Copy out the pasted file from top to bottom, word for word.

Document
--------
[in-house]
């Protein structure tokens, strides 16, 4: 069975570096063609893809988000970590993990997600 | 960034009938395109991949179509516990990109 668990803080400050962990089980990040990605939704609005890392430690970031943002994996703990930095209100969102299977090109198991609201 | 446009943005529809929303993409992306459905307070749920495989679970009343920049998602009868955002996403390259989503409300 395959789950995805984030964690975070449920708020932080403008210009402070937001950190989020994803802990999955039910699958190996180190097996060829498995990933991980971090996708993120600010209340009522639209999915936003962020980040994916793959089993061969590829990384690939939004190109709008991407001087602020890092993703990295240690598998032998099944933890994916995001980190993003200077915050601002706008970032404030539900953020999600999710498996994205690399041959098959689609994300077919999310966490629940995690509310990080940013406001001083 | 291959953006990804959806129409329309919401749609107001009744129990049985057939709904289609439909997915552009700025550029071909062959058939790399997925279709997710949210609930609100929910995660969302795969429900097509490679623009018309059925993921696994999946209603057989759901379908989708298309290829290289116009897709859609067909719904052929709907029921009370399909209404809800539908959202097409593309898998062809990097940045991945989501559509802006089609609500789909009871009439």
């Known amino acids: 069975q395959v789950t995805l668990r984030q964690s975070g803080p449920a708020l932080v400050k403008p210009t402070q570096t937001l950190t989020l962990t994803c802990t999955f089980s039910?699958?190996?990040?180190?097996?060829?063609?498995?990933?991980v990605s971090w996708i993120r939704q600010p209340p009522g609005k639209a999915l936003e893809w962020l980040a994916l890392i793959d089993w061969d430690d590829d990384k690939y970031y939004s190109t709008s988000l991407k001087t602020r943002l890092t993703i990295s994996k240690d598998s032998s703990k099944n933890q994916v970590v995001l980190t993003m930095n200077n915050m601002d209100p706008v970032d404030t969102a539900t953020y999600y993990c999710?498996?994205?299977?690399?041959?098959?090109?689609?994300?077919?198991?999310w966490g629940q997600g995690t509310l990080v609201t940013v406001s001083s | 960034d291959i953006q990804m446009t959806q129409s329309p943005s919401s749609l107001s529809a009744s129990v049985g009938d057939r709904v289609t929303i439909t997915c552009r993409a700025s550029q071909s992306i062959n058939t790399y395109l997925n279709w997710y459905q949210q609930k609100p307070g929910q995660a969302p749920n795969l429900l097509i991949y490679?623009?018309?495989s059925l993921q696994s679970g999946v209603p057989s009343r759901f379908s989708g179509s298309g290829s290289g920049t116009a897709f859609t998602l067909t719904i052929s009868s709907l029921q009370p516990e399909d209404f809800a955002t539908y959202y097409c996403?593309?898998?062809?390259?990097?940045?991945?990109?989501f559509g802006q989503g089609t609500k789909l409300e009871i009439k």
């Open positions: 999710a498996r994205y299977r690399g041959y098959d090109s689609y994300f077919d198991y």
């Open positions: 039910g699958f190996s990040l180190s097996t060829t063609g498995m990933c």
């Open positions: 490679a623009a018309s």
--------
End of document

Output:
[in-house]
């Protein structure tokens, strides 16, 4: 069975570096063609893809988000970590993990997600 | 960034009938395109991949179509516990990109 668990803080400050962990089980990040990605939704609005890392430690970031943002994996703990930095209100969102299977090109198991609201 | 446009943005529809929303993409992306459905307070749920495989679970009343920049998602009868955002996403390259989503409300 395959789950995805984030964690975070449920708020932080403008210009402070937001950190989020994803802990999955039910699958190996180190097996060829498995990933991980971090996708993120600010209340009522639209999915936003962020980040994916793959089993061969590829990384690939939004190109709008991407001087602020890092993703990295240690598998032998099944933890994916995001980190993003200077915050601002706008970032404030539900953020999600999710498996994205690399041959098959689609994300077919999310966490629940995690509310990080940013406001001083 | 291959953006990804959806129409329309919401749609107001009744129990049985057939709904289609439909997915552009700025550029071909062959058939790399997925279709997710949210609930609100929910995660969302795969429900097509490679623009018309059925993921696994999946209603057989759901379908989708298309290829290289116009897709859609067909719904052929709907029921009370399909209404809800539908959202097409593309898998062809990097940045991945989501559509802006089609609500789909009871009439």
């Known amino acids: 069975q395959v789950t995805l668990r984030q964690s975070g803080p449920a708020l932080v400050k403008p210009t402070q570096t937001l950190t989020l962990t994803c802990t999955f089980s039910?699958?190996?990040?180190?097996?060829?063609?498995?990933?991980v990605s971090w996708i993120r939704q600010p209340p009522g609005k639209a999915l936003e893809w962020l980040a994916l890392i793959d089993w061969d430690d590829d990384k690939y970031y939004s190109t709008s988000l991407k001087t602020r943002l890092t993703i990295s994996k240690d598998s032998s703990k099944n933890q994916v970590v995001l980190t993003m930095n200077n915050m601002d209100p706008v970032d404030t969102a539900t953020y999600y993990c999710?498996?994205?299977?690399?041959?098959?090109?689609?994300?077919?198991?999310w966490g629940q997600g995690t509310l990080v609201t940013v406001s001083s | 960034d291959i953006q990804m446009t959806q129409s329309p943005s919401s749609l107001s529809a009744s129990v049985g009938d057939r709904v289609t929303i439909t997915c552009r993409a700025s550029q071909s992306i062959n058939t790399y395109l997925n279709w997710y459905q949210q609930k609100p307070g929910q995660a969302p749920n795969l429900l097509i991949y490679?623009?018309?495989s059925l993921q696994s679970g999946v209603p057989s009343r759901f379908s989708g179509s298309g290829s290289g920049t116009a897709f859609t998602l067909t719904i052929s009868s709907l029921q009370p516990e399909d209404f809800a955002t539908y959202y097409c996403?593309?898998?062809?390259?990097?940045?991945?990109?989501f559509g802006q989503g089609t609500k789909l409300e009871i009439k």
């Open positions: 999710a498996r994205y299977r690399g041959y098959d090109s689609y994300f077919d198991y």
């Open positions: 039910g699958f190996s990040l180190s097996t060829t063609g498995m990933c």
């Open positions: 490679a623009a018309s």